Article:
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Cohesion Discipline In Legislatures

Author: Reuven Y. Hazan
Publisher: Routledge
ISBN: 1136797173
Size: 22.54 MB
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This book - previously published as a special issue of the Journal of Legislative Studies - asks why legislative unity is one of the distinguishing features of modern political parties.

Cohesion And Discipline In Legislatures

Author: Reuven Y. Hazan
Publisher: Routledge
ISBN: 9780415511506
Size: 12.43 MB
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The existence of noticeable 'unified' parties is central to the theory and practice of democracy in general, and to parliamentary democracy in particular. However, legislative studies scholars have good reason to cease treating parties as monolithic, unitary actors, for they evidently are not. The first step in this direction is to ask why one of the distinguishing features of modern political parties is their legislative unity. Do parties enter parliament as unified actors, or are they moulded into this model by the legislature? The answer depends on whether one is looking at cohesion or at discipline. The goal of this collection of articles is to present a conceptual delineation between these two key concepts. This book was previously published as a special issue of the Journal of Legislative Studies.

Political Parties And The Concept Of Power

Author: D. Rye
Publisher: Springer
ISBN: 1137331607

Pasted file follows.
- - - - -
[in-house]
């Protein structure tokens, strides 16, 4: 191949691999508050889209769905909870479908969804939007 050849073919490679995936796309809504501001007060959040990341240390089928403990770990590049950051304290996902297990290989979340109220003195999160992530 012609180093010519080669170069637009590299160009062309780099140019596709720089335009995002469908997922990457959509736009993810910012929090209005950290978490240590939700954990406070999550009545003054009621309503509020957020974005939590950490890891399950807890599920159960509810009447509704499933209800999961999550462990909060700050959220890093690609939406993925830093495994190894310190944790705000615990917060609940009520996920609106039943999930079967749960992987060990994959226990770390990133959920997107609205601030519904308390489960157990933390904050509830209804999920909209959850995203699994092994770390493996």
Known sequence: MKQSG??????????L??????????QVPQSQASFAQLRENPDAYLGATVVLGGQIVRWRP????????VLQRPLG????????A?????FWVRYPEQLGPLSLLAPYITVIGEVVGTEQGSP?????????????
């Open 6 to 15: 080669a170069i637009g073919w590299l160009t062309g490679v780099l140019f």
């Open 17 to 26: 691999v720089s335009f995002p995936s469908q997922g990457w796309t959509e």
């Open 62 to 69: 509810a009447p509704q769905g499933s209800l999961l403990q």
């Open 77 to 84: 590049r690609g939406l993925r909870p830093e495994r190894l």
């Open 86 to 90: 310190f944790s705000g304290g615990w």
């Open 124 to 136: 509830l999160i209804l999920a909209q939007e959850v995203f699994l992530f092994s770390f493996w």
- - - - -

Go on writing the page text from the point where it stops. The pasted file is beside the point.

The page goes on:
Size: 45.79 MB
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An original investigation of the nature of the forces that make members and representatives both loyal and beneficial to a contemporary political party, this book combines theoretical reflection with interview and archive material to provide a unique perspective on power, arguing that it is more complex and nuanced than is frequently assumed.

The Contemporary House Of Lords

Author: Meg Russell
Publisher: OUP Oxford
ISBN: 0191654728
Size: 17.45 MB
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As the second chamber of the Westminster parliament, the House of Lords has a central position in British politics. But it is far less well-studied and well understood than the House of Commons. This is in part because of constant expectations that it is about to be reformed - but most Lords reform plans fail, as the Coalition government's dramatically did in 2012. Meanwhile, following a landmark change in 1999 which removed most of its hereditary members, the Lords' role in the policy process has grown. Understanding the chamber is therefore now essential to understanding politics and parliament in Britain. This book provides the first detailed portrait of the post-1999 Lords, explaining who sits in the chamber, how it operates, and crucially what policy impact it has. Its membership is shown to be more diverse and modern than many would assume, and its influence on policy to be substantial. As a 'no overall control' chamber, in which no party has a majority, it has inflicted numerous defeats on the Blair, Brown and Cameron governments, and become an important site of negotiation. It has provided a power base for the Liberal Democrats, and includes a group of almost 200 independents who now play a pivotal role. Close study of today's House of Lords demolishes some common myths about British politics, and also about how two chamber parliaments work. This book, as well as focusing on the contemporary Lords, provides a historical and comparative context for British bicameralism, asks whether the Lords can be considered 'legitimate', and describes recent reform efforts and possible future reforms.